Mark Smith / mediadrumworld.com

Houdini’s Theatre

By Rebecca Drew

SPOOKY images have revealed the crumbling remains of a Victorian theatre where the legendary Houdini astonished British audiences.

Mark Smith / mediadrumworld.com
Mark Smith / mediadrumworld.com

The series of haunting photographs from the theatre that has been abandoned for 20-years, show rows of seats riddled with moss and mould, light pouring through the collapsing ceilings and paint peeling away from the stage and walls.

Mark Smith / mediadrumworld.com
Mark Smith / mediadrumworld.com

One picture taken from the stage shows an empty audience and rubble filled floors.

Mark Smith / mediadrumworld.com
Mark Smith / mediadrumworld.com

The haunting shots were taken at The Empire Theatre in Burnley, Lancashire by amateur photographer Mark Smith. To take his pictures, Mark used a Fujifilm mirrorless X-T1 camera.

“I got the idea for shooting at this location after walking past this abandoned cinema and just wondering what was inside,” said Mark.

“What we are seeing in most of these images is the decay of the inside of the cinema which is mainly due to water damage caused by years of neglect.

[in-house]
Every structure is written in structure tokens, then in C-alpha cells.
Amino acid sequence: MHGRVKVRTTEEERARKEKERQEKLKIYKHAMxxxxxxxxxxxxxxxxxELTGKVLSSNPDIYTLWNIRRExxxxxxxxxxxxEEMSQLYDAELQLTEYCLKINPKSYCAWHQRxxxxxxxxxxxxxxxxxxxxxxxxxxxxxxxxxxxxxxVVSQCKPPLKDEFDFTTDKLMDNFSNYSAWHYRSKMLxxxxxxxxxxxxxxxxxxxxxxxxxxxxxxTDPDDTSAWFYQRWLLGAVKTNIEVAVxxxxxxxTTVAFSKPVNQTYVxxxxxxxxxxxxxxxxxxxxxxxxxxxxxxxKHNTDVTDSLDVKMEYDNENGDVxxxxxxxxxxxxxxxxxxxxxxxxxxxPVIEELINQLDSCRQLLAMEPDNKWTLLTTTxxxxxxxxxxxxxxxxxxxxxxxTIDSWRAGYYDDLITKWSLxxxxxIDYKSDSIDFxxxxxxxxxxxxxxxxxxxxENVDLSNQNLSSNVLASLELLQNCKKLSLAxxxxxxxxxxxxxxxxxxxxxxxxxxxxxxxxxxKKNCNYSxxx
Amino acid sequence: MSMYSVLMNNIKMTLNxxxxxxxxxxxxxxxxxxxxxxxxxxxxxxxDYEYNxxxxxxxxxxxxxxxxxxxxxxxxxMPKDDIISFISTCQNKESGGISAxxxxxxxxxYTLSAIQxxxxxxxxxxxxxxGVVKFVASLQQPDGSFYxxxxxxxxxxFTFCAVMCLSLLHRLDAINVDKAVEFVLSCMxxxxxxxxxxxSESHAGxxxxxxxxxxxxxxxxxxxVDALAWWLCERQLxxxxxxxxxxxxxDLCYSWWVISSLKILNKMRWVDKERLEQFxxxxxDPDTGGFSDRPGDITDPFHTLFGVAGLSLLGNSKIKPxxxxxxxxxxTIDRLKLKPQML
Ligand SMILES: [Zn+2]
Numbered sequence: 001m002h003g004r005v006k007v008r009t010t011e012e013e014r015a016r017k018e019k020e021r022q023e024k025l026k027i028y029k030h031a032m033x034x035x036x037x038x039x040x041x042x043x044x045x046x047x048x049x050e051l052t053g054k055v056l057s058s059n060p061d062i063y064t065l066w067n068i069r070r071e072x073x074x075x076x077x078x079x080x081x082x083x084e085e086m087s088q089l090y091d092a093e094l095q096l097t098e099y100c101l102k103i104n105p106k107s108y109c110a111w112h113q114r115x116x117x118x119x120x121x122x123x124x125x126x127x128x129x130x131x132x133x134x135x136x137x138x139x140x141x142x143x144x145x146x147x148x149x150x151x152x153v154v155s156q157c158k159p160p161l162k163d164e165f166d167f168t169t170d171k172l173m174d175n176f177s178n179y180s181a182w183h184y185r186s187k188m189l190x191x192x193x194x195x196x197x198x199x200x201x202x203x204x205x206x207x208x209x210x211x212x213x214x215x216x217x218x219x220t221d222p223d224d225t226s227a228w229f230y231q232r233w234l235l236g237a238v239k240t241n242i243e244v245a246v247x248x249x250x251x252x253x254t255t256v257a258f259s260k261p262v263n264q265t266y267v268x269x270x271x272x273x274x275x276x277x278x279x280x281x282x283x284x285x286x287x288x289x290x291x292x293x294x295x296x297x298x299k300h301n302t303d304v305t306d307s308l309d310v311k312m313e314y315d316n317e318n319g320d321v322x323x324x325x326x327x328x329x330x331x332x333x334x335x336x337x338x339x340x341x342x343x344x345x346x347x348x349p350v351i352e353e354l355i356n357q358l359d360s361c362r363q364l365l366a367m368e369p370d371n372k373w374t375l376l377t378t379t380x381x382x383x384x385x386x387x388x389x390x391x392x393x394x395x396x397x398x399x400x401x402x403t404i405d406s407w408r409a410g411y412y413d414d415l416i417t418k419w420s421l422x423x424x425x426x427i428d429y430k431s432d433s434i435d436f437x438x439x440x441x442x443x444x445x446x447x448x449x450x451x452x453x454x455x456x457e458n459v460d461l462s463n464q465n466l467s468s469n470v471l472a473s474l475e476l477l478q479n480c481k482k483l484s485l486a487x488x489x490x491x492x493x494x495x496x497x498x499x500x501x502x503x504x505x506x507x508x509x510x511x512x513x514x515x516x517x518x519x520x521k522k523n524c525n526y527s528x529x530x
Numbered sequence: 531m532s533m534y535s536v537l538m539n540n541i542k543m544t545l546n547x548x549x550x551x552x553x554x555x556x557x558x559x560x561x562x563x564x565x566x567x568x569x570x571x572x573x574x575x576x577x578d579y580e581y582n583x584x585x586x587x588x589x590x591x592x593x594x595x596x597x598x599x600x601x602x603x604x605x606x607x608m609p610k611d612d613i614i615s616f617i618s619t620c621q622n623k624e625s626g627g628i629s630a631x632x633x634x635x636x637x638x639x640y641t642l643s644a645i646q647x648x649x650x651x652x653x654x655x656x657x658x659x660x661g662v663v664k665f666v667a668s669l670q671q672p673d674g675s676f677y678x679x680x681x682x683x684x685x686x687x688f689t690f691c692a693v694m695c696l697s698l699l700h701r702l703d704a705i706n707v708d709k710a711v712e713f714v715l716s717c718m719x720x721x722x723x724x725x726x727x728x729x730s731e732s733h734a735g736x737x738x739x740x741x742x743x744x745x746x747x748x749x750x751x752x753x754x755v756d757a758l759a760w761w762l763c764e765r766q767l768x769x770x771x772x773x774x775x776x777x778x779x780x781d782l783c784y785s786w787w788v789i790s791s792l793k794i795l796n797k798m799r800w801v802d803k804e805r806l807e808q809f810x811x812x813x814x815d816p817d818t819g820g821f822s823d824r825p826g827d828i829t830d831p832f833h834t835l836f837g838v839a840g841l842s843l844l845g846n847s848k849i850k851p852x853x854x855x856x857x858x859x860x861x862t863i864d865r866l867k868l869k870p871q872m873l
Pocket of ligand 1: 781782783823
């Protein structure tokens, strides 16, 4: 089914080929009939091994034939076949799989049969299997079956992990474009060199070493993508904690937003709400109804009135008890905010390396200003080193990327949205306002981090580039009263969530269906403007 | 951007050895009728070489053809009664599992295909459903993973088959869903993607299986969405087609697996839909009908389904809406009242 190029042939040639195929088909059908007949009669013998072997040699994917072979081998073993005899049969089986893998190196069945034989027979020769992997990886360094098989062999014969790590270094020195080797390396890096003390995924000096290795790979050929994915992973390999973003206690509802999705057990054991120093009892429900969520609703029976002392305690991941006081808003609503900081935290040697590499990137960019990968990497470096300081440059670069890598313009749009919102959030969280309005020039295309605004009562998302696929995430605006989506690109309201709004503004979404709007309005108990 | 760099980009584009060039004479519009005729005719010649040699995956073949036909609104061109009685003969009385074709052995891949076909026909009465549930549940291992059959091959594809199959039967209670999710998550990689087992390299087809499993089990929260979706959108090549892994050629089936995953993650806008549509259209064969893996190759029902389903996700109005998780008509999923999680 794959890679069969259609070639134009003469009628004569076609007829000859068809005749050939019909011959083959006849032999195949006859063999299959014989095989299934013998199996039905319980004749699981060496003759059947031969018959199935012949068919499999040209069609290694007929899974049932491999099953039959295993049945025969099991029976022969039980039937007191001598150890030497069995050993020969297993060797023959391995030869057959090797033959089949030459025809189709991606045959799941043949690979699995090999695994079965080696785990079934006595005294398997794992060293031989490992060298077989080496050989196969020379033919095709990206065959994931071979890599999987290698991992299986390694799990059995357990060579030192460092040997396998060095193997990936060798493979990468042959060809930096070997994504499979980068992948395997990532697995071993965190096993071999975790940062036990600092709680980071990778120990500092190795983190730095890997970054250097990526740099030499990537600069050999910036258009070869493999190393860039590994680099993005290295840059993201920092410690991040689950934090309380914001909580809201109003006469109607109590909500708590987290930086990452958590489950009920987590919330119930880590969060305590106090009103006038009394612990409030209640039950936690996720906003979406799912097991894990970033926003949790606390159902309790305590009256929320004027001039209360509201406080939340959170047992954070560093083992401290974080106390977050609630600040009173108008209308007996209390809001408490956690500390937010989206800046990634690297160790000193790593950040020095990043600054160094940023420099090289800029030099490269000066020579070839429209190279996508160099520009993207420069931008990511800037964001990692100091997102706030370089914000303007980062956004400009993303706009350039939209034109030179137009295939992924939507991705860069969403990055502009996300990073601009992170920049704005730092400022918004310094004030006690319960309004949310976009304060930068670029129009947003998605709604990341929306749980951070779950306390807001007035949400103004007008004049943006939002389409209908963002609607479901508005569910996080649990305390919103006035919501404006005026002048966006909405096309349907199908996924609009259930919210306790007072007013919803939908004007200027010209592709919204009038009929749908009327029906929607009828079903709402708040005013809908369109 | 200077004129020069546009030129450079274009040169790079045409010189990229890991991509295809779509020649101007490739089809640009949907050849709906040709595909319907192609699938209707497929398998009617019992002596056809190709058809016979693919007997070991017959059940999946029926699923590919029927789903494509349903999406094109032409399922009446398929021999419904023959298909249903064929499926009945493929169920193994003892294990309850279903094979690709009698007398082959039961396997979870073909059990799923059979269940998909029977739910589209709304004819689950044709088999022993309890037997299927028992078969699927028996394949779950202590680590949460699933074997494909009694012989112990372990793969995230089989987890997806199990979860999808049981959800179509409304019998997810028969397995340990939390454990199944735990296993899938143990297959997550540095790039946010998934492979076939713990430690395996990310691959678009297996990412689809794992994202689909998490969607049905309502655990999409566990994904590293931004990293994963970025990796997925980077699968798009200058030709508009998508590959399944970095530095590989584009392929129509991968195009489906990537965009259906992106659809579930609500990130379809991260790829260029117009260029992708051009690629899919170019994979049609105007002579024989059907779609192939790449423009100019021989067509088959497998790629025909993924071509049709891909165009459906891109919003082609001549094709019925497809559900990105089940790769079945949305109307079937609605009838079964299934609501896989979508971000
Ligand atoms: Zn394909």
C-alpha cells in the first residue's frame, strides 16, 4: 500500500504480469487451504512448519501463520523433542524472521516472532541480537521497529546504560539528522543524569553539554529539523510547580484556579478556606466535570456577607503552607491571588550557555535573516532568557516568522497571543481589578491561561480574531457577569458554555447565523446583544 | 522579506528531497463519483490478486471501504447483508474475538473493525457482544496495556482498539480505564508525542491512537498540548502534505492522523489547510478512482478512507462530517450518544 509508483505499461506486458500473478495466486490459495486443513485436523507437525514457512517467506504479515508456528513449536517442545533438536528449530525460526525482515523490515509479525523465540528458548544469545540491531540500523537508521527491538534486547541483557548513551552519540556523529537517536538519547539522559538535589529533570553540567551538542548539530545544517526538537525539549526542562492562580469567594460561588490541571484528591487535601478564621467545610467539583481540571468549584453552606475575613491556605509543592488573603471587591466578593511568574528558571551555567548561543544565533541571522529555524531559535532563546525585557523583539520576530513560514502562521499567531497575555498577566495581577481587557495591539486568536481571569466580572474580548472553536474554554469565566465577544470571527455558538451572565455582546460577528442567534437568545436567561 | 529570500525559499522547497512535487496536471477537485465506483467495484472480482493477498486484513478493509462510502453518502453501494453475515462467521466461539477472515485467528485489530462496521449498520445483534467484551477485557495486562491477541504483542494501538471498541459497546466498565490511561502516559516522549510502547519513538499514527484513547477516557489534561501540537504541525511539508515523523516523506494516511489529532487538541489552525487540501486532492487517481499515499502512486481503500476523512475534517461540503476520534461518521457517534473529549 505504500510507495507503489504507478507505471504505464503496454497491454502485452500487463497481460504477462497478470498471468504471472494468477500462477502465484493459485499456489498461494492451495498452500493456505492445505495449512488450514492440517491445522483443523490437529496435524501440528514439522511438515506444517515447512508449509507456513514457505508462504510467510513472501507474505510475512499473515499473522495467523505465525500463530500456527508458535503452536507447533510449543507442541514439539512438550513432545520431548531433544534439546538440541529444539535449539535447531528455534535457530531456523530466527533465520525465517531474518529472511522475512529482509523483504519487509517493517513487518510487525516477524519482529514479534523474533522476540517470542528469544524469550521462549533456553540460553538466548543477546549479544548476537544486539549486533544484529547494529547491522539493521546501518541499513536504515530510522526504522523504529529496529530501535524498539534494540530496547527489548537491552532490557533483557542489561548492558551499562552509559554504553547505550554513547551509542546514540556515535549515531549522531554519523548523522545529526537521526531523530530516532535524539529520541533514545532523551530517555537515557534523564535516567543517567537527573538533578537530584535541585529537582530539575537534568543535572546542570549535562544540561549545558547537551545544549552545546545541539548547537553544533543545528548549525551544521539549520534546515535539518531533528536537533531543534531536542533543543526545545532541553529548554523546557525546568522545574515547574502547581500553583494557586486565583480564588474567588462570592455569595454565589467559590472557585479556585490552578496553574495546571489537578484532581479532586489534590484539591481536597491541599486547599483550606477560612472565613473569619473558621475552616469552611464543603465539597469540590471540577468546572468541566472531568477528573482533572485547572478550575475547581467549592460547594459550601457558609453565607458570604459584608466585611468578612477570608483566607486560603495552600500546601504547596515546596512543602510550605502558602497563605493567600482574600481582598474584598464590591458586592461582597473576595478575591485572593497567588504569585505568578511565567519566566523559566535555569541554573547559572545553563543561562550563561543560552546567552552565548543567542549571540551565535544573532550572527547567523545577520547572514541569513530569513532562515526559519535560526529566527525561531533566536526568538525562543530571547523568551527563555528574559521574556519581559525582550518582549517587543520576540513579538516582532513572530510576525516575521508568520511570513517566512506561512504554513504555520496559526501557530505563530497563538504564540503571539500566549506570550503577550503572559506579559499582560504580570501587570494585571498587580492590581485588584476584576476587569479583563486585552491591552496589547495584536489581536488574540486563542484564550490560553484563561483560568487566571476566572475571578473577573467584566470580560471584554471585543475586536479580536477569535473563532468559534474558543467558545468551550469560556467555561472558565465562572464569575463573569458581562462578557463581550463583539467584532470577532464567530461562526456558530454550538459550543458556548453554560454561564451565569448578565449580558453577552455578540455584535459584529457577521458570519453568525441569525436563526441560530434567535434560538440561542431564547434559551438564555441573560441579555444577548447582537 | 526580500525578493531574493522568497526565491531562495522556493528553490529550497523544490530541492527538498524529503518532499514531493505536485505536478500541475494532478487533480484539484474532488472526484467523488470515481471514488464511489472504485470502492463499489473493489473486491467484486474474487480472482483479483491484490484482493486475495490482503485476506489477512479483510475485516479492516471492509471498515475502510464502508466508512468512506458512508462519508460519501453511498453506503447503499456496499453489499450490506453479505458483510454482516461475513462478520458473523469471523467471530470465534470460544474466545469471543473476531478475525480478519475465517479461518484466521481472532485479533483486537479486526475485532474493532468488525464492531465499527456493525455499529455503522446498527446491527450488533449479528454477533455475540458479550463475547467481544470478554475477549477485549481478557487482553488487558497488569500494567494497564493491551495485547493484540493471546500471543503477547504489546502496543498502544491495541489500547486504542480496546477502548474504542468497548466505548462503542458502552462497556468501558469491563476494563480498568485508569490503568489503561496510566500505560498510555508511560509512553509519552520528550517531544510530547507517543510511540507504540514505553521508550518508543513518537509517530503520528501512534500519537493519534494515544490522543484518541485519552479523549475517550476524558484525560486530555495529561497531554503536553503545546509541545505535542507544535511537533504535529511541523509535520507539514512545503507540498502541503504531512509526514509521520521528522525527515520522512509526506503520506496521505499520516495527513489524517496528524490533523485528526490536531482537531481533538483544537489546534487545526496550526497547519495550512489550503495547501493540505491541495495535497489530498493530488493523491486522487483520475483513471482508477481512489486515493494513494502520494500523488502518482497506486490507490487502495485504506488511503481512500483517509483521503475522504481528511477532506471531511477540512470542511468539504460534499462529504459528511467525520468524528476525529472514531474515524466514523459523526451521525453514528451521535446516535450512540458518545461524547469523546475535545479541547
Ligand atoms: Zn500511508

“The problems that I had during this particular shoot was that due to water ingress, most of the inside of the building is unsafe as dry rot is rife with the building falling in on itself.”

Mark Smith / mediadrumworld.com
Mark Smith / mediadrumworld.com

The Empire Theatre opened first opened in 1894 with seats for 1935 people which consisted of stalls, balconies and gallery. In December 1902, Harry Houdini performed on stage.

Mark Smith / mediadrumworld.com
Mark Smith / mediadrumworld.com

It closed in 1995 and fell into disrepair soon after. The Burnley Empire Theatre Trust formed in 2015 and have been campaigning to save and restore the theatre.

Mark Smith / mediadrumworld.com
Mark Smith / mediadrumworld.com

“Due to the limited available light, a lot of my shots were taken using long exposures with flashlights to illuminate the scene which can be particularly challenging,” added Mark.

“People are generally amazed when they see this kind of photography as they find it difficult to imagine what it’s like inside these abandoned buildings which they generally pass every day without a second thought.”

LEAVE A REPLY